To understand how white noise helps you sleep, we need to take a quick step back and look at how sound and hearing work first. The sound is a wave that moves through the air, vibrating molecules as it goes along. The vibrations hit the eardrums then pass through to the inner ear where cells called hair cells change the vibrations into electrical signals. These signals travel to the brain and tell you what sound you’re hearing. The frequency of that wave – technically speaking, how often the particles vibrations repeat in one second – is measured in Hertz. Humans can hear sounds from 20 Hertz to 20,000 Hertz, and the higher the frequency, the higher the note you hear, and also the less easy it is to ignore. And these hearing faculties still work when you’re sleeping.
Even if you’re not awake, your brain can register significant sounds. So when you hear a noise at night, and it wakes you up, it’s the sudden change in frequency of background noise that disturbs your sleeping brain.
So how can you stop those sudden frequency sound from ripping you out of dreamland? Here comes the white noise.
White noise, properly speaking, is a constant noise that covers all hearable frequencies at once at a constant power rate per Hertz. Its frequency spectrum is entirely flat so that no new sounds can be heard over it – if it is playing loud enough, of course. White noise substantially masks all other sounds. And that’s where it gets its name.
White noise is analogous to white light. White light is all wavelengths of light, and white noise is all frequencies of sound. Because it is characterized as constant noise with equal power across all frequencies, that means some sounds that people call white noise aren’t. The hum of an airplane engine, for example, or the pitter patter of rainfall. They’re soothing sounds that block out some noise, but they aren’t true white noise.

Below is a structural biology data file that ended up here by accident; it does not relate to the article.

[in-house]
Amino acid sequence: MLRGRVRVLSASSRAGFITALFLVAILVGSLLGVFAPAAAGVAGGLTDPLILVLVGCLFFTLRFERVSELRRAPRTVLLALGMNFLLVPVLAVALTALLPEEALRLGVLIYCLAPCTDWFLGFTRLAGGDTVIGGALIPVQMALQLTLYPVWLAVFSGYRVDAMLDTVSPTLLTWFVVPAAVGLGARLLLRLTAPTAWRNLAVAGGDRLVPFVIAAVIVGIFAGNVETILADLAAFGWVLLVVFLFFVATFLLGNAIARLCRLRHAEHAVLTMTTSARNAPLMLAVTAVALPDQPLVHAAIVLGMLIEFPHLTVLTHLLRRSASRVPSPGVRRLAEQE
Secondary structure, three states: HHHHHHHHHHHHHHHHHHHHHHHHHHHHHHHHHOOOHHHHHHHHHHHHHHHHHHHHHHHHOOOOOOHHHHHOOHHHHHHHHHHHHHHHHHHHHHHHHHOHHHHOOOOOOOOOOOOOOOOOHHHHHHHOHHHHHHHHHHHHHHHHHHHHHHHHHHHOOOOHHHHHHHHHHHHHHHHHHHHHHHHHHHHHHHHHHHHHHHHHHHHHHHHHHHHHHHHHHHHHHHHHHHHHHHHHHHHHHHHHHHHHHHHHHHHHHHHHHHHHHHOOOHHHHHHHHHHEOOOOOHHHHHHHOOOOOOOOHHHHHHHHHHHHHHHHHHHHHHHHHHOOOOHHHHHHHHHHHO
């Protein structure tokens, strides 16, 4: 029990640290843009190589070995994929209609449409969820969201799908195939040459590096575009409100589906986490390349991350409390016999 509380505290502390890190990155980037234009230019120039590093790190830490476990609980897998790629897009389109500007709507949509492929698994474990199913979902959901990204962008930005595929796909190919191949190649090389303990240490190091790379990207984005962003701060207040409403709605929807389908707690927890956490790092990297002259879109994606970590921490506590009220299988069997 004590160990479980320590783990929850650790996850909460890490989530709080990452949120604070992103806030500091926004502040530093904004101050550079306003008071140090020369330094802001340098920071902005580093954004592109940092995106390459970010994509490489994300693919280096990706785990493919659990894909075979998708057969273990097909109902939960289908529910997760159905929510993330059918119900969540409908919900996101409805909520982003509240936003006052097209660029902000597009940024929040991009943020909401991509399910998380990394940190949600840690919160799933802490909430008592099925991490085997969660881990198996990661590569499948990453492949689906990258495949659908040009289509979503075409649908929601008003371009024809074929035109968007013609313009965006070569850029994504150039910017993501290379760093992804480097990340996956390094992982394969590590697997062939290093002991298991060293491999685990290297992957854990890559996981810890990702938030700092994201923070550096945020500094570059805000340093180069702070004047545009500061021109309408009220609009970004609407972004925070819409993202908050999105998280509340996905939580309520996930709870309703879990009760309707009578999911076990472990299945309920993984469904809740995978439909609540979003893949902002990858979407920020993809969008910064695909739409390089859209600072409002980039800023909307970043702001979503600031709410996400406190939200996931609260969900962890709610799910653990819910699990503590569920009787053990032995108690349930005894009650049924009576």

White noise isn’t the only color of sound. There are others and like how colored light is a particular wavelength, colors of sound focus on specific frequencies. And some research suggests that pink noise is a better sleep sound than white noise. Like white noise, pink noise contains all frequencies audible to human ears, but the power per Hertz decreases as the frequency increases. It’s a subtle difference.
In a small study of 11 subjects, a team of German researchers played pink noise in synchronicity with sleeping subject’s brain rhythms. When compared to a control that had no sound stimulation, the pink noise seemed to prolong deep sleep and enhance memory retention in the morning.
There are other colors of noise too, corresponding to different frequencies like how colored light focuses on different wavelengths. There’s red or brown noise, blue noise, violet, black, green, and orange noise, though there’s no evidence about how well they might help you sleep.
So why do we find white noise soothing? Well, it’s a personal preference thing. Some people love white noise, and some hate it, but most people find it helpful for sleep because of its ability to mask other sounds. Don’t we all want a nice, quiet night’s sleep?
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